Furthermore, with an incremental voltage of operation that can reach 20V, a current of 3A – 5A, the Quick Charge 5 resembles the USB PD PPS’ fast charging abilities. In addition, Qualcomm usually augments the standard with the identification capabilities of the charger coupled with the thermal, current, and voltage protection protocols. In the words of Qualcomm, it is designed to be safer compared to the standard.
Other well-known proprietary standards
Over these years, many other companies created t5heur own quick-charging standards. Also, most of these were developed when the USB-A ports were well-known. Although, some of them are now less or more obsolete due to the USB PD proliferation and the move to the USB-C. Moreover, some still stick around as a result of great support by the legacy devices or due to the fact that they are faster compared to what’s on offer with standards that are more universal.
The protocol of the Apple 2.4A helps in augmenting the standard USB-A ports having a current of 2.4A instead of the 0.5A capabilities. IPhones that are older, as well as the choosing of much older gadgets, use these capabilities in charging up from the older ports.
The Adaptive Fast Charge of Samsung is a similar standard that is designed to serve the older smartphones of Samsung Galaxy. Also, it is supported in generation models that are newer. This offers a power of about 15W, which makes it slower compared to the modern fast charging technology.
Other older and less popular standards like Pump Express of MediaTek and the Turbo Charge of Motorola have depreciated. You can still find extremely quick charging standards across the phone industry, especially from the Chinese manufacturers. These include SuperVooc of Oppo, SuperCharge of Huawei, Warp Charge of OnePlus and the 120 watts charging technology of Xiaomi. In addition, these technologies can range between 40W to 120W, surpassing the implementations that is seen with the USB Power and Quick Charge Delivery Standards.
Regarding good news, the proprietary chargers from Xiaomi and OnePlus are becoming to support USB PD coupled with their personal protocols. This makes sure that these power brinks fast charge different devices and reduces the requirements for many adapters.
What is Wireless Fast Charging?
Wireless charging features similar hurdles and principles as the wired fast charging. Still, devices need a quick chargeable battery as well as a method that aids the communication of information from a gadget to its charger. Then, there’s an additional complication of transferring large amounts of power efficiently over air.
Furthermore, Qi, which is pronounced as chee, is a widely adopted standard for the wireless charging space. Similar to the USB PD, this standard has been able to pass through several revisions. This improved the communication use and power capabilities of the standard. Also, Qi integrates reverse wireless charging, this allows phone to slow charge the other wireless devices and gadgets.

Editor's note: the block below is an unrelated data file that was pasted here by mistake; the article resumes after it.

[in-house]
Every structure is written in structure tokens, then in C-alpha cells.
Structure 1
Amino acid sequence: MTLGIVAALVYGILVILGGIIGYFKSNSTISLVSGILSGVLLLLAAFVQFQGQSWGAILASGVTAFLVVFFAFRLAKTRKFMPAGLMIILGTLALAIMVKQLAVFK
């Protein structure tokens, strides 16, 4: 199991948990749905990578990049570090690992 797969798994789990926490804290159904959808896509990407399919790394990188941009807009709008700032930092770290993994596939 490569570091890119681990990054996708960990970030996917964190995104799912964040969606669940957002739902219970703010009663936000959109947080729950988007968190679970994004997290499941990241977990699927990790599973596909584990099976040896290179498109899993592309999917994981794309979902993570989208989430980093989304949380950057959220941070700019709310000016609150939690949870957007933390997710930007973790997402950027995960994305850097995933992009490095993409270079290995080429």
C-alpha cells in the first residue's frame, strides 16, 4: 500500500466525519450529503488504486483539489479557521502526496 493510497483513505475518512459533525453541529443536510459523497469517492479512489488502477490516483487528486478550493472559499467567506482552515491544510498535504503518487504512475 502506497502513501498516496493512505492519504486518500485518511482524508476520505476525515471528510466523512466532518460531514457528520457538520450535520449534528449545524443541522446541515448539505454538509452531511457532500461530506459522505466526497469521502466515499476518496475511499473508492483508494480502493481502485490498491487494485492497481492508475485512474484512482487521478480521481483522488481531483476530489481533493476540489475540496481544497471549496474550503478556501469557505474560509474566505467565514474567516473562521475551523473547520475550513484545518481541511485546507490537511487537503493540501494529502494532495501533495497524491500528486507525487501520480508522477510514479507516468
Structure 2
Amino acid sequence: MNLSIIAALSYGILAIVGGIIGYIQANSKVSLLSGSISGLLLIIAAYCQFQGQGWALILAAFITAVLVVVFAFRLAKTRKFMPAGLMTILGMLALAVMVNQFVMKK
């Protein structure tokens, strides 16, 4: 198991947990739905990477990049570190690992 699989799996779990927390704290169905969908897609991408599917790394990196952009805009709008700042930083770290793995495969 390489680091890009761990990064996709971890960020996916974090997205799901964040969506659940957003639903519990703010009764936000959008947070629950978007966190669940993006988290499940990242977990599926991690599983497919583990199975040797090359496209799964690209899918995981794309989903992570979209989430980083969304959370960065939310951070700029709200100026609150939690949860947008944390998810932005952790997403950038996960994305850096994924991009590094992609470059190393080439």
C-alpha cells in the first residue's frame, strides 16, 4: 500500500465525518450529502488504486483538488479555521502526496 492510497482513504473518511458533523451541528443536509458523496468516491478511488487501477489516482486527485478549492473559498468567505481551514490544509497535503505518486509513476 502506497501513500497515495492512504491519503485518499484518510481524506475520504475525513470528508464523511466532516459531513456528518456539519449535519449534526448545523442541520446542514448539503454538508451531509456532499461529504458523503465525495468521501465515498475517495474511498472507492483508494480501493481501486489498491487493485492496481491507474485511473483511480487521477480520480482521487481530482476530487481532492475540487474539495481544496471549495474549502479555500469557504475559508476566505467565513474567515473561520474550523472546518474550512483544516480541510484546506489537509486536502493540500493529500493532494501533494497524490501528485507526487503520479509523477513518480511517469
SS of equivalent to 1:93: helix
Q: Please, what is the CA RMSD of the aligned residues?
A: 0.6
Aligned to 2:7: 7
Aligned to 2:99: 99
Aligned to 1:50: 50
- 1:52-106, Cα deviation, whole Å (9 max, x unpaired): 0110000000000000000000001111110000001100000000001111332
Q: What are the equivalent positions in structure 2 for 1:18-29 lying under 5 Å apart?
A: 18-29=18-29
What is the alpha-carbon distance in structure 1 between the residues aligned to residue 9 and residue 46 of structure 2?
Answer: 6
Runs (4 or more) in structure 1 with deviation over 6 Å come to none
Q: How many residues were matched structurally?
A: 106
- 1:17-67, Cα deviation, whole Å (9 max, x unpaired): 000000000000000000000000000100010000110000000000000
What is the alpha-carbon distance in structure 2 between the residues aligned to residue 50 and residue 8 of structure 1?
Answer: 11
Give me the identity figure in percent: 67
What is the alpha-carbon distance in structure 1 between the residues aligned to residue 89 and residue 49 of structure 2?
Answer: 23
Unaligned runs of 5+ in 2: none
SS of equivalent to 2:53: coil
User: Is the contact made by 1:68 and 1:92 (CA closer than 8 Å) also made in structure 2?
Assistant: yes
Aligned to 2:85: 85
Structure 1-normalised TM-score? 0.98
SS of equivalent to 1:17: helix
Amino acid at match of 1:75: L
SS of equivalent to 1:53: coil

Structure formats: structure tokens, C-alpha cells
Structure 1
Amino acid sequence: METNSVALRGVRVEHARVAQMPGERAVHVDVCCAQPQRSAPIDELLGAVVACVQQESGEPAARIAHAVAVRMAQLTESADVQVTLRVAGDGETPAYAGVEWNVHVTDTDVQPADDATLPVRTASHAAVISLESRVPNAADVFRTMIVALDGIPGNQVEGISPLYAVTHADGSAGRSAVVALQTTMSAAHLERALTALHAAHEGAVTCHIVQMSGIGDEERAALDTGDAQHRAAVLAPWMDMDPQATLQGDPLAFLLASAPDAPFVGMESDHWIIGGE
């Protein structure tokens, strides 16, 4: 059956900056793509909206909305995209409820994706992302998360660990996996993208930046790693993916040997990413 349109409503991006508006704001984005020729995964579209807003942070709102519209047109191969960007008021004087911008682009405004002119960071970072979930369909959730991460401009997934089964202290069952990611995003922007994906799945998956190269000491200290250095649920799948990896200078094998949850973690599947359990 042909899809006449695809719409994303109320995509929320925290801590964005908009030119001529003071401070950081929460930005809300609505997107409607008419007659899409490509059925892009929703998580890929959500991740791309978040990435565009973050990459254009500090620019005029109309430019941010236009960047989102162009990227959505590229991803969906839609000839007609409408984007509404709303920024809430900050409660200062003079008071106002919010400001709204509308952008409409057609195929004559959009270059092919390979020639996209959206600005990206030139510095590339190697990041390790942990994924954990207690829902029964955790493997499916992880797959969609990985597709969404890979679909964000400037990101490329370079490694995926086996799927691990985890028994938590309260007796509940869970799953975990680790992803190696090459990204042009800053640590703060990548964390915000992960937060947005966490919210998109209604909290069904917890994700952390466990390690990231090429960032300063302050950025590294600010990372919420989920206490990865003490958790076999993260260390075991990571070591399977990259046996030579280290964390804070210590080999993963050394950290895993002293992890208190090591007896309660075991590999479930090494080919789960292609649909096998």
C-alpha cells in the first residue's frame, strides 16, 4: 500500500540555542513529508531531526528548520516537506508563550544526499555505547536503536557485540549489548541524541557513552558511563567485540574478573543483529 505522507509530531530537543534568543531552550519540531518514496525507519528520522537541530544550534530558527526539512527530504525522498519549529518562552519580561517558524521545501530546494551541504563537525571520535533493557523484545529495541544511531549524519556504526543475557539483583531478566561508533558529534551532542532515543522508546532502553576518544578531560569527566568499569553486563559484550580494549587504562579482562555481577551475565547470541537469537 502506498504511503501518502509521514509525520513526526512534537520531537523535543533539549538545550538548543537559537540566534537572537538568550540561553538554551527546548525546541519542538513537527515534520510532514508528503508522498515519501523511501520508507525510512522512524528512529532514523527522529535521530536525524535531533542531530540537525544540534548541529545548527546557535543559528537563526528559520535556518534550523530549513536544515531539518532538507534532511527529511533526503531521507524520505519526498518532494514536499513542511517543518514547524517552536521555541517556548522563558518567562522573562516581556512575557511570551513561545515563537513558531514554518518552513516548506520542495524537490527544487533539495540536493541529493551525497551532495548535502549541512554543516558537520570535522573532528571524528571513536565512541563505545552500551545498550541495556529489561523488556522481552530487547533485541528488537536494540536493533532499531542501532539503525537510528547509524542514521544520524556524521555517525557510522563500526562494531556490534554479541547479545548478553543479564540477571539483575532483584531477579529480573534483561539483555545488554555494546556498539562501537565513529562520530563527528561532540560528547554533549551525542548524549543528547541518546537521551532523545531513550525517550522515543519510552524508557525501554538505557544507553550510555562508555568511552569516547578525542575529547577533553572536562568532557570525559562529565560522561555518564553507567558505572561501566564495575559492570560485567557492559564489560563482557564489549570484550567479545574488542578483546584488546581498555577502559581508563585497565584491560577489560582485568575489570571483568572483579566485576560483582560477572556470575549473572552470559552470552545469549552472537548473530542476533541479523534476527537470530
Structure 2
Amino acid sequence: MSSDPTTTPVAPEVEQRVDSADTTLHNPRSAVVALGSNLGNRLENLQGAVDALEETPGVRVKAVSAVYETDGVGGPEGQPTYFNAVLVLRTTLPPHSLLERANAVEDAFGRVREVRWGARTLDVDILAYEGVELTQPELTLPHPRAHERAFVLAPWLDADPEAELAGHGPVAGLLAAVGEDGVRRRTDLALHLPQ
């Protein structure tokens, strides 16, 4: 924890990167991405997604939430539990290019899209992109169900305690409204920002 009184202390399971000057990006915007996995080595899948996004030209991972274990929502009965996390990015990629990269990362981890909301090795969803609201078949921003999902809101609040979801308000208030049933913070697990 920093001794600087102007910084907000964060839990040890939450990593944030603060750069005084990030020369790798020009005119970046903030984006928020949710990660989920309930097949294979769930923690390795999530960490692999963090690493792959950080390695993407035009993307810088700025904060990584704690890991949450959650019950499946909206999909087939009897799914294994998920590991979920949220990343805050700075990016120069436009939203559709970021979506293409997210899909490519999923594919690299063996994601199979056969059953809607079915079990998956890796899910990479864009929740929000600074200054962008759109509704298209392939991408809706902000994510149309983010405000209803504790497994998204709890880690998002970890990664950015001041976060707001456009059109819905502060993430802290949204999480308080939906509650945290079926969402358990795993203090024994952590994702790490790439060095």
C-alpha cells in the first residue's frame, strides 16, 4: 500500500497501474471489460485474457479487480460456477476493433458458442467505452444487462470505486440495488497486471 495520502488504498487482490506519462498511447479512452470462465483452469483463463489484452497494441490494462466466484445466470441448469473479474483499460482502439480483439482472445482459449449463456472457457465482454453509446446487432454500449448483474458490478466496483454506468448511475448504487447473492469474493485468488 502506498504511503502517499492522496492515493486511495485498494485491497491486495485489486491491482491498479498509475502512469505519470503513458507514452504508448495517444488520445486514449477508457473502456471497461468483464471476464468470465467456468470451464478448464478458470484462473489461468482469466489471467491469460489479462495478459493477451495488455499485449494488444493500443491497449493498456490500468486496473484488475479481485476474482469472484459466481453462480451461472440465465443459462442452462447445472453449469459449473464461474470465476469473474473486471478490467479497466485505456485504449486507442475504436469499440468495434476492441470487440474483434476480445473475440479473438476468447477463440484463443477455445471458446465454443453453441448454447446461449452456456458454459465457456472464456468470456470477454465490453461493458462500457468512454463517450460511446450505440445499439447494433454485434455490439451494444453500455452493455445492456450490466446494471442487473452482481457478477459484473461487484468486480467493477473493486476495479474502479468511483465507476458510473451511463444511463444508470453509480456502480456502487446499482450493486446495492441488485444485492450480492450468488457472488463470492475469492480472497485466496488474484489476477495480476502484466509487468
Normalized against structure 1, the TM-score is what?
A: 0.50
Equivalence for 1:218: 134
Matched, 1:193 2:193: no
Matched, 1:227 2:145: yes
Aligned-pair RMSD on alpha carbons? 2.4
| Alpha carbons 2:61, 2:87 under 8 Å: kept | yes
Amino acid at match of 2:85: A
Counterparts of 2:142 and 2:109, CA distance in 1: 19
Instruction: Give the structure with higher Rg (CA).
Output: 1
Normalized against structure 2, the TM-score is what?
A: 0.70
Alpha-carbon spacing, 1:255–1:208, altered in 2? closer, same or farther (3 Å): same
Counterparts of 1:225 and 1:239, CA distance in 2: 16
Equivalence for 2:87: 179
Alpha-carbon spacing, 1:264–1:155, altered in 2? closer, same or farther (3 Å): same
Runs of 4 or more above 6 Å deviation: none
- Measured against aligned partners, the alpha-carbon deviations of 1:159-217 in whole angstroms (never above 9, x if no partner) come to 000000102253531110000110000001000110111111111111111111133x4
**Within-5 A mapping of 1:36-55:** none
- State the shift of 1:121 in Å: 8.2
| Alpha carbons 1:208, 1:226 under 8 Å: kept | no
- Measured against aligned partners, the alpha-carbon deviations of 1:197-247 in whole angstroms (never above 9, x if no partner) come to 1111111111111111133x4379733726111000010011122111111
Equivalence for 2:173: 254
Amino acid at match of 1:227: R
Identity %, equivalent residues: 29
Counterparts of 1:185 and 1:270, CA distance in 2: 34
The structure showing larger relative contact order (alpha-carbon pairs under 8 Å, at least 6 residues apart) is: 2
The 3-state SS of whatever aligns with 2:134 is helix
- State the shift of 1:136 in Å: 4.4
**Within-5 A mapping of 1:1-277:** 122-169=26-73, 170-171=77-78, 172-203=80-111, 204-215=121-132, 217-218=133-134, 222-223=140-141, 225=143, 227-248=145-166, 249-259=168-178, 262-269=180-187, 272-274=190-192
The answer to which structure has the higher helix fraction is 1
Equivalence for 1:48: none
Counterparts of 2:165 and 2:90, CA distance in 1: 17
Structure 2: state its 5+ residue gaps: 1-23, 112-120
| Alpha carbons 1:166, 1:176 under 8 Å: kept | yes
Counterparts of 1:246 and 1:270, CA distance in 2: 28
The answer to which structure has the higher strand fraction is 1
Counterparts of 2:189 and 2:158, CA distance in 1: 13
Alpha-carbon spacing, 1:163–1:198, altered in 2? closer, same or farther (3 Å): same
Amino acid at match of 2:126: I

The version 1.0 of Qi which was released back in 2010, offered a power of just 5W. Over a few years, this has now expanded to power of 15W, 30W, up till 65W for the larger devices. Moreover, the 15W seems to be known as the upper limit for the Smartphone world. O many devices even decide to opt for configurations that are slower like 7.5W and 10W configurations. Therefore, compared to wired charging, Qi is slower.
Other Wireless Fast Charging Technologies
Also, Apple released its wireless fast charging technology in 2020 with MagSafe. Furthermore, MagSafe charges at a power of 15W. This makes it slower than the 20W of the wired power of iPhone 12, which the USB Power Delivery provides.
Moreover, there is an increasing market for a faster wireless charging standard, most especially among the Chinese brands. In addition, Oppo has a 65W wireless SuperVooc. Also, Huawei has the 40W technology and OnePlus has 50W Warp Charge, just to explain a few. Also, at least 100W wireless charging is touted as well. However, we are not yet able to see any technology appear in the commercial products.
The main key to achieving fast wireless charging is using more coils for the transfer of current over air. Moreover, this comes with a side effect, which costs more to be able to implement. This usually takes extra space, and then increases the charging temperatures.
Although fast and wireless charging is very possible, it isn’t the best way to charge smartphones as well as other gadgets.
What is the Future of the Fast Charging Technology?
We all know that technology is evolving rapidly. Also, you can have little faith in the fact that the fast charging technology will become the universal standard very soon. Furthermore, there is a high chance that fast charging will replace the average chargers slowly within a few years.
Fortunately, as a result of a huge growth in cords, adapters, charge controllers, and integrated circuitry, phones can potentially recharge within a few minutes rather than several hours. Also, of recent, the early model fast chargers gained wide recognition due to their promises to be able to increase the portability of your device, and charge it at a faster rate.
As the fast charging technology becomes very accessible and evolves, then fast charging will only keep growing. With manufacturing, it only improves further. The present prototypes have incredible speeds. This can be seen in the claim of Xiaomi that it has a HyperCharge technology that has the ability to charge a battery of 4000mAh within eight minutes. However, as these new standards are completely developed and made available in the market, we’ll surely learn about them.
RayMing PCB and the Fast Charging Technology
Rayming is one of the top manufacturers of fast charger PCB circuit boards. This shows that our company is top-notch and is ready to work with recent developments and trends. The fast charging technology is evolving and becoming very accessible and only time will tell if it will take over or not. But the fact is that some of our mobile phones already fast charging technology is already in use today.